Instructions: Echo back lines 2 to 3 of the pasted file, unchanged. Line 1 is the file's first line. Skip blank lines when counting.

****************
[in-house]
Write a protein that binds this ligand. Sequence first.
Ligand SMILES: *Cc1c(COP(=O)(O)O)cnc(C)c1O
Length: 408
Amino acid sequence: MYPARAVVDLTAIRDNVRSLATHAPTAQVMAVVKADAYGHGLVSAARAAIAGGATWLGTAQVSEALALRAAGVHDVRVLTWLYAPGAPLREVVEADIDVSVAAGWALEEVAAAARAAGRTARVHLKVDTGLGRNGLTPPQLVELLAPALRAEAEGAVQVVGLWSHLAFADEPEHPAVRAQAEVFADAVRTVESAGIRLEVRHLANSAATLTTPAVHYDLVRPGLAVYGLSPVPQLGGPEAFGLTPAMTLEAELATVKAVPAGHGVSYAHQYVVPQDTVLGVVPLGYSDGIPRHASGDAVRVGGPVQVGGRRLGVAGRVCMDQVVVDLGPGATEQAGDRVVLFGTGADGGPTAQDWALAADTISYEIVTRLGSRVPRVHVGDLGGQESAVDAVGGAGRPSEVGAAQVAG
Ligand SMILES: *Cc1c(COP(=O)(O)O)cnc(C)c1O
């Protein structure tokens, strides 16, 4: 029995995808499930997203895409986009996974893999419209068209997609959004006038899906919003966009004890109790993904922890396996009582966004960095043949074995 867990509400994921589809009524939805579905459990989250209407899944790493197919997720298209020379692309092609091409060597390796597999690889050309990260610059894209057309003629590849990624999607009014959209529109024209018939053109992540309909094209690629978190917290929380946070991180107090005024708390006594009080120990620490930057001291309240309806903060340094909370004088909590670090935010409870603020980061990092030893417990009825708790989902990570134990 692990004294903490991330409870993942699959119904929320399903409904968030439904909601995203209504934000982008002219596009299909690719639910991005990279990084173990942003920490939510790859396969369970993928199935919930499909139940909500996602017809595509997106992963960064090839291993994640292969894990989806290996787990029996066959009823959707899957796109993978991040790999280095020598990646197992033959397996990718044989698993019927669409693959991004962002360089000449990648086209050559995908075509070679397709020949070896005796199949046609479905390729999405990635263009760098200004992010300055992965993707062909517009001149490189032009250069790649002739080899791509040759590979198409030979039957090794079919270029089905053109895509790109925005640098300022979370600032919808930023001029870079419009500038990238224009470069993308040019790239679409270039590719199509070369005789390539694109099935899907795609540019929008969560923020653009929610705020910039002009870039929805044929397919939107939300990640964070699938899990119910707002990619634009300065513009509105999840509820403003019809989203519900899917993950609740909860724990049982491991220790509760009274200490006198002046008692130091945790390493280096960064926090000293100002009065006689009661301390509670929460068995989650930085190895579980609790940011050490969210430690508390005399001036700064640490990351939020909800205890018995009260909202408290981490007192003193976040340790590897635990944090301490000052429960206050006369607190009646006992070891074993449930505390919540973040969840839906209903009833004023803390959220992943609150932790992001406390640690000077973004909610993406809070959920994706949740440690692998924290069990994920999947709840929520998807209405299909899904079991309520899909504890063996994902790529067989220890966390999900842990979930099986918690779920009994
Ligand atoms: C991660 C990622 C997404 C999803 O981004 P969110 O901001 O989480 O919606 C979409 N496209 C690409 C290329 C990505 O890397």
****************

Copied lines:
Write a protein that binds this ligand. Sequence first.
Ligand SMILES: *Cc1c(COP(=O)(O)O)cnc(C)c1O